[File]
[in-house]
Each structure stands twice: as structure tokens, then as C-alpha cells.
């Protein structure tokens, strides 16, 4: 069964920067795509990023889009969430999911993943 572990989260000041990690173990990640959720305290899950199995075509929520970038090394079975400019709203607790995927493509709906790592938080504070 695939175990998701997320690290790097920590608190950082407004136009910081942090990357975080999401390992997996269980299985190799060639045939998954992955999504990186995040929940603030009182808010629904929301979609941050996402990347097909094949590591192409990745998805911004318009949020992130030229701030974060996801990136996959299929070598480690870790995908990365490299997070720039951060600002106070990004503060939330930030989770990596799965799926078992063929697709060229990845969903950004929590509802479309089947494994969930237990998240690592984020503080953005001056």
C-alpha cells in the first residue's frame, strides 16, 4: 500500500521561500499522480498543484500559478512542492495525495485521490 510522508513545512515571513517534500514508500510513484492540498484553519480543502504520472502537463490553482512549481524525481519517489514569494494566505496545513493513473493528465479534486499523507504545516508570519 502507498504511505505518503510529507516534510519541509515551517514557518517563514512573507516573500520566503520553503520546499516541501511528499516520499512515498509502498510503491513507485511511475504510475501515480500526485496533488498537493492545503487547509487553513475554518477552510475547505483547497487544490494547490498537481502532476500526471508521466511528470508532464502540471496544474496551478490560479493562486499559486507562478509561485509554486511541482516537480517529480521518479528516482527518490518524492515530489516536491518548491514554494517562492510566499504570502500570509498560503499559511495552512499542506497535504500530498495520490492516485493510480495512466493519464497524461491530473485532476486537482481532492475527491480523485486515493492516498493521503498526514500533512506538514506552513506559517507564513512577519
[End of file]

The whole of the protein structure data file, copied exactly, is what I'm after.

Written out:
[in-house]
Each structure stands twice: as structure tokens, then as C-alpha cells.
């Protein structure tokens, strides 16, 4: 069964920067795509990023889009969430999911993943 572990989260000041990690173990990640959720305290899950199995075509929520970038090394079975400019709203607790995927493509709906790592938080504070 695939175990998701997320690290790097920590608190950082407004136009910081942090990357975080999401390992997996269980299985190799060639045939998954992955999504990186995040929940603030009182808010629904929301979609941050996402990347097909094949590591192409990745998805911004318009949020992130030229701030974060996801990136996959299929070598480690870790995908990365490299997070720039951060600002106070990004503060939330930030989770990596799965799926078992063929697709060229990845969903950004929590509802479309089947494994969930237990998240690592984020503080953005001056």
C-alpha cells in the first residue's frame, strides 16, 4: 500500500521561500499522480498543484500559478512542492495525495485521490 510522508513545512515571513517534500514508500510513484492540498484553519480543502504520472502537463490553482512549481524525481519517489514569494494566505496545513493513473493528465479534486499523507504545516508570519 502507498504511505505518503510529507516534510519541509515551517514557518517563514512573507516573500520566503520553503520546499516541501511528499516520499512515498509502498510503491513507485511511475504510475501515480500526485496533488498537493492545503487547509487553513475554518477552510475547505483547497487544490494547490498537481502532476500526471508521466511528470508532464502540471496544474496551478490560479493562486499559486507562478509561485509554486511541482516537480517529480521518479528516482527518490518524492515530489516536491518548491514554494517562492510566499504570502500570509498560503499559511495552512499542506497535504500530498495520490492516485493510480495512466493519464497524461491530473485532476486537482481532492475527491480523485486515493492516498493521503498526514500533512506538514506552513506559517507564513512577519